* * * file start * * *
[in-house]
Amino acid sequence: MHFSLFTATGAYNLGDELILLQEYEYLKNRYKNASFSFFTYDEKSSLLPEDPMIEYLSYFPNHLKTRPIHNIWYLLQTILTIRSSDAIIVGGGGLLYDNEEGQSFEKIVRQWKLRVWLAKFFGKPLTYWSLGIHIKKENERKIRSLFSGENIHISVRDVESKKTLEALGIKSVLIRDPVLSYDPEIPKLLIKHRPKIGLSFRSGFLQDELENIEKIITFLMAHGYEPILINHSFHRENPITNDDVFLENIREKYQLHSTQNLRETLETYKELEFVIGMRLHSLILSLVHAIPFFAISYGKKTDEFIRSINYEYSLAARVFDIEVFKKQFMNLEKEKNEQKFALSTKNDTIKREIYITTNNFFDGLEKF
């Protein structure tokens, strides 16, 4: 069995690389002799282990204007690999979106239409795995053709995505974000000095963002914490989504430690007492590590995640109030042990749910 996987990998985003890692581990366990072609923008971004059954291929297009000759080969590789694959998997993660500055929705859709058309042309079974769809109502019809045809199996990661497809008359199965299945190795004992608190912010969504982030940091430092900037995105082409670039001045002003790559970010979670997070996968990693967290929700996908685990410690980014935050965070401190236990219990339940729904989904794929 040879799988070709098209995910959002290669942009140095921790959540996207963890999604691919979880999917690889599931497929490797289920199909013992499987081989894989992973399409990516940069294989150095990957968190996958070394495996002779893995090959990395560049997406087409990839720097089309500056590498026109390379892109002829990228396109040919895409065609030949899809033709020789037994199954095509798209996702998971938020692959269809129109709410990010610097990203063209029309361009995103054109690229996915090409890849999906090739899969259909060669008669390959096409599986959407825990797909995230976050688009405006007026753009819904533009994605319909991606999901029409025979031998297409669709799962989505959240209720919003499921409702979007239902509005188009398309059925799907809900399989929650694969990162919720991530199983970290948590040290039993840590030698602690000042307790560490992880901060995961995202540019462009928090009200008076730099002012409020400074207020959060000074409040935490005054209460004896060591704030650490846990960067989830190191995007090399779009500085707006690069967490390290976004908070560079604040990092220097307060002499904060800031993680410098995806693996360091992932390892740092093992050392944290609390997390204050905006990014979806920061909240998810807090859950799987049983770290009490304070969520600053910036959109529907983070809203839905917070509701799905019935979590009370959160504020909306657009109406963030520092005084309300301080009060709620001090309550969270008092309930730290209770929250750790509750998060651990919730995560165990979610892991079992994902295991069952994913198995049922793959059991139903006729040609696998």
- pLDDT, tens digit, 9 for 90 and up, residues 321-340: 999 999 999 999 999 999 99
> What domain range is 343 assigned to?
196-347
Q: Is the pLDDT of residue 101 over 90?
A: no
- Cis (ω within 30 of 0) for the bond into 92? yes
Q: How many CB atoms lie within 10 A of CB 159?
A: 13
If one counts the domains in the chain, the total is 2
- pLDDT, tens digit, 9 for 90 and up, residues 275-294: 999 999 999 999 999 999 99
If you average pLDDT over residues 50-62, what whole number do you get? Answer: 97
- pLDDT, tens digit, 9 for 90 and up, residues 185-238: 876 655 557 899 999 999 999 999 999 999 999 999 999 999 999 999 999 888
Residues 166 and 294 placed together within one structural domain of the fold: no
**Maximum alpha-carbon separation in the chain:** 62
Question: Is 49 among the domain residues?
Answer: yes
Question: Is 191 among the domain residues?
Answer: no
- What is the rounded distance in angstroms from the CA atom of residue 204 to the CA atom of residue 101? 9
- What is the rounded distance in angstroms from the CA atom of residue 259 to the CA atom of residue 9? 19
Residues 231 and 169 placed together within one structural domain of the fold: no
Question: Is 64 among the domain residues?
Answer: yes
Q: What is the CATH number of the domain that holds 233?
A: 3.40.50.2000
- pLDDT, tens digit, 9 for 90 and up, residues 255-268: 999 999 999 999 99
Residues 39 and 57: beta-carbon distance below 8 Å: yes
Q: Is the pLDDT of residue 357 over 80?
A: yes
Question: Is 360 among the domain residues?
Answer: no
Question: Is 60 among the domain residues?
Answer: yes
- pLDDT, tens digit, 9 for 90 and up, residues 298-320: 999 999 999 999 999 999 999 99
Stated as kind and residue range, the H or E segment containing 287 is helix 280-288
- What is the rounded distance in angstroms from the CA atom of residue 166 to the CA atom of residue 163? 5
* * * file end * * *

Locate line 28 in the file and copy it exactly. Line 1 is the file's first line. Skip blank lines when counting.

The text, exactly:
A: 3.40.50.2000